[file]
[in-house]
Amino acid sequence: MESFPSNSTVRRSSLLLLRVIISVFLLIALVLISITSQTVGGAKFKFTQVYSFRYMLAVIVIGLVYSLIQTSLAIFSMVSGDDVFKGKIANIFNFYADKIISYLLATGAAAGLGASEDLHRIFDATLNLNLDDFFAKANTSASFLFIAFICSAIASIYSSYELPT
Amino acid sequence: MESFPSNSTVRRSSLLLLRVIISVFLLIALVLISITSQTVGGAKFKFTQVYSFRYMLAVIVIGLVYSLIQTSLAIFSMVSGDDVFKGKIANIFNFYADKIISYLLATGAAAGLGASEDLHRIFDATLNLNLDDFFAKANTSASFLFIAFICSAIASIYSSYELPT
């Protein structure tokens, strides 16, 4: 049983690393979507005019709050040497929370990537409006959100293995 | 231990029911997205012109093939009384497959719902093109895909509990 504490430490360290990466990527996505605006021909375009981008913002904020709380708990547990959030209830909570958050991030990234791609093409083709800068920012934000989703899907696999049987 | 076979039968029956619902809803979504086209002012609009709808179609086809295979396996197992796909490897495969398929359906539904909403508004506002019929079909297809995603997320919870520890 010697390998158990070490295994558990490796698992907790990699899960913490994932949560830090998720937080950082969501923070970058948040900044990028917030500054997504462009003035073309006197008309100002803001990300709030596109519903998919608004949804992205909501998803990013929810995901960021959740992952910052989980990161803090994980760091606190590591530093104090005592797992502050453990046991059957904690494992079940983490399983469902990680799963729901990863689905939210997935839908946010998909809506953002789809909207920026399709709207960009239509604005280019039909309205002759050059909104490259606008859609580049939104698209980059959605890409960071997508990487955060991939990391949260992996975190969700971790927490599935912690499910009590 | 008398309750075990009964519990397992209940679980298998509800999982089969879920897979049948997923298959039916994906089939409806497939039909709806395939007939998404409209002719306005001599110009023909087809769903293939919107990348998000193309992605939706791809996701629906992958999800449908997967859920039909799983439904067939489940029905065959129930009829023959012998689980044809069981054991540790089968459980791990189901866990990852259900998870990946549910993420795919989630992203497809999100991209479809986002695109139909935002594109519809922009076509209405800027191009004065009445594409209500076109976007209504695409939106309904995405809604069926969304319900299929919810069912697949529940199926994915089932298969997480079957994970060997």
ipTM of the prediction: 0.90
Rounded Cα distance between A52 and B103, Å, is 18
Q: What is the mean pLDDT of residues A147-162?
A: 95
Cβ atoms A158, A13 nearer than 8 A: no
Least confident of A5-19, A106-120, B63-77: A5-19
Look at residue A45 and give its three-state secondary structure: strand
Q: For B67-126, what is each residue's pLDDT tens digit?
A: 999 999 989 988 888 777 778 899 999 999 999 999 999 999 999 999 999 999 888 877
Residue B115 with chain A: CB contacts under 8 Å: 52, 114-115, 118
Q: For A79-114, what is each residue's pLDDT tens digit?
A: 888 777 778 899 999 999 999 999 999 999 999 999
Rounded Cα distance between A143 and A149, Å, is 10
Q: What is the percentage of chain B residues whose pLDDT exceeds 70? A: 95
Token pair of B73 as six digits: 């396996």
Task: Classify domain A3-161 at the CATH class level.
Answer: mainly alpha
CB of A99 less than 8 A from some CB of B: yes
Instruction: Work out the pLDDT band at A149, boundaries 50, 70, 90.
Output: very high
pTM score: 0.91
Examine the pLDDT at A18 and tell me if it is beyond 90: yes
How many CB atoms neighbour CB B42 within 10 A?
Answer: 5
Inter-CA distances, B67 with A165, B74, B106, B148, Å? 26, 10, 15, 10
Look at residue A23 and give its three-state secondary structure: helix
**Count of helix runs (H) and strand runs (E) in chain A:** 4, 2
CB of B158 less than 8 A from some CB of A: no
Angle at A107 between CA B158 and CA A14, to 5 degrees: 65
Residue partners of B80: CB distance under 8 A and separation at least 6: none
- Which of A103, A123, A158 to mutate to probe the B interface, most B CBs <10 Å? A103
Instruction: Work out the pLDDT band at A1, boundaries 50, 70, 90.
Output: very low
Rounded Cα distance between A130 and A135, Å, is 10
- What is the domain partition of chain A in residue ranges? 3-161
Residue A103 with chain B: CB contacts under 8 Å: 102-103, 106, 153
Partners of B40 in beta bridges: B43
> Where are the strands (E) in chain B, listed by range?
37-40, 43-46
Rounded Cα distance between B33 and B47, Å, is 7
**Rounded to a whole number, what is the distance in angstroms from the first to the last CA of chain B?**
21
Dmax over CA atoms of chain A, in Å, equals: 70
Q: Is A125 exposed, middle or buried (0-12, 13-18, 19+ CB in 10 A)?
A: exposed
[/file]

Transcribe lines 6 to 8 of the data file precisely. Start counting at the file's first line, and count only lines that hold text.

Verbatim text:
Rounded Cα distance between A52 and B103, Å, is 18
Q: What is the mean pLDDT of residues A147-162?
A: 95